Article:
An extreme case, perhaps, but deep inside my heart sits a little man like this, who can’t keep the dial set on Temperance but has to turn it all the way up to Disgust. Once I start looking at pleasure through his cost-benefit lens, I can’t look away. Designer handbags, pornography, hot fudge sundaes, preaching the gospel, obnoxious letters to the newspaper, conjugal love, long walks in the woods, writing my novel, attending church, all fall into the Total Perspective Vortex.

I take some comfort in Canticle 12 from The Daily Office:


Glorify the Lord, all you works of the Lord, *
praise him and highly exalt him for ever.
In the firmament of his power, glorify the Lord, *
praise him and highly exalt him for ever.

I The Cosmic Order

Glorify the Lord, you angels and all powers of the Lord, *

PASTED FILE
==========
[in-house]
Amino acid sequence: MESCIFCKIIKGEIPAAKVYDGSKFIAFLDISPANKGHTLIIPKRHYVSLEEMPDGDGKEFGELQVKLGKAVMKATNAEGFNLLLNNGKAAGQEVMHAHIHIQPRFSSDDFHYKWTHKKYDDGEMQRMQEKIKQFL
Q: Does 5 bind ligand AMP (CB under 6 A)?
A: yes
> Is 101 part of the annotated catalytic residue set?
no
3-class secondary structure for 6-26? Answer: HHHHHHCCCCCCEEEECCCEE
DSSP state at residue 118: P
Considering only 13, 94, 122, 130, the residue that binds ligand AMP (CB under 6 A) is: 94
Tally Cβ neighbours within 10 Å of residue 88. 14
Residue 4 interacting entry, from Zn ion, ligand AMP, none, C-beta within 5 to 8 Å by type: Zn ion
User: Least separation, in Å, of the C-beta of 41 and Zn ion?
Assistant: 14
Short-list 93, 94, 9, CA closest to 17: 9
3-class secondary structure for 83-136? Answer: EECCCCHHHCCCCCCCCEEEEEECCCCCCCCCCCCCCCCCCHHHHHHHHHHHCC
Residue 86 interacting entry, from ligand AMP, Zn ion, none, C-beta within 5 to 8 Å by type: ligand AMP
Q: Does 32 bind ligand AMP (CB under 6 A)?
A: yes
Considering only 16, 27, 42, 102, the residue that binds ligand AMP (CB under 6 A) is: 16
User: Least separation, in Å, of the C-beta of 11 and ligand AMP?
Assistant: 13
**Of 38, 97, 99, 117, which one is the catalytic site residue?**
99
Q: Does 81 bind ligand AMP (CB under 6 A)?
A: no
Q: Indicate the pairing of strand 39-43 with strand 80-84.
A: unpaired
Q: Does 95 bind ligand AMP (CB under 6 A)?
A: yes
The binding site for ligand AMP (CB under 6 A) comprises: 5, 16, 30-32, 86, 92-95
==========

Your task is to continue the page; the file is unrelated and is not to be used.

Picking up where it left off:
O heavens and all waters above the heavens.
Sun and moon and stars of the sky, glorify the Lord, *
praise him and highly exalt him for ever.

Glorify the Lord, every shower of rain and fall of dew, *
all winds and fire and heat.

Winter and Summer, glorify the Lord, *
praise him and highly exalt him for ever.

Glorify the Lord, O chill and cold, *
drops of dew and flakes of snow.

Frost and cold, ice and sleet, glorify the Lord, *
praise him and highly exalt him for ever.

Glorify the Lord, O nights and days, *
O shining light and enfolding dark.

Storm clouds and thunderbolts, glorify the Lord, *
praise him and highly exalt him for ever.

II The Earth and its Creatures

Let the earth glorify the Lord, *
praise him and highly exalt him for ever.
Glorify the Lord, O mountains and hills,
and all that grows upon the earth, *
praise him and highly exalt him for ever.

Glorify the Lord, O springs of water, seas, and streams, *
O whales and all that move in the waters.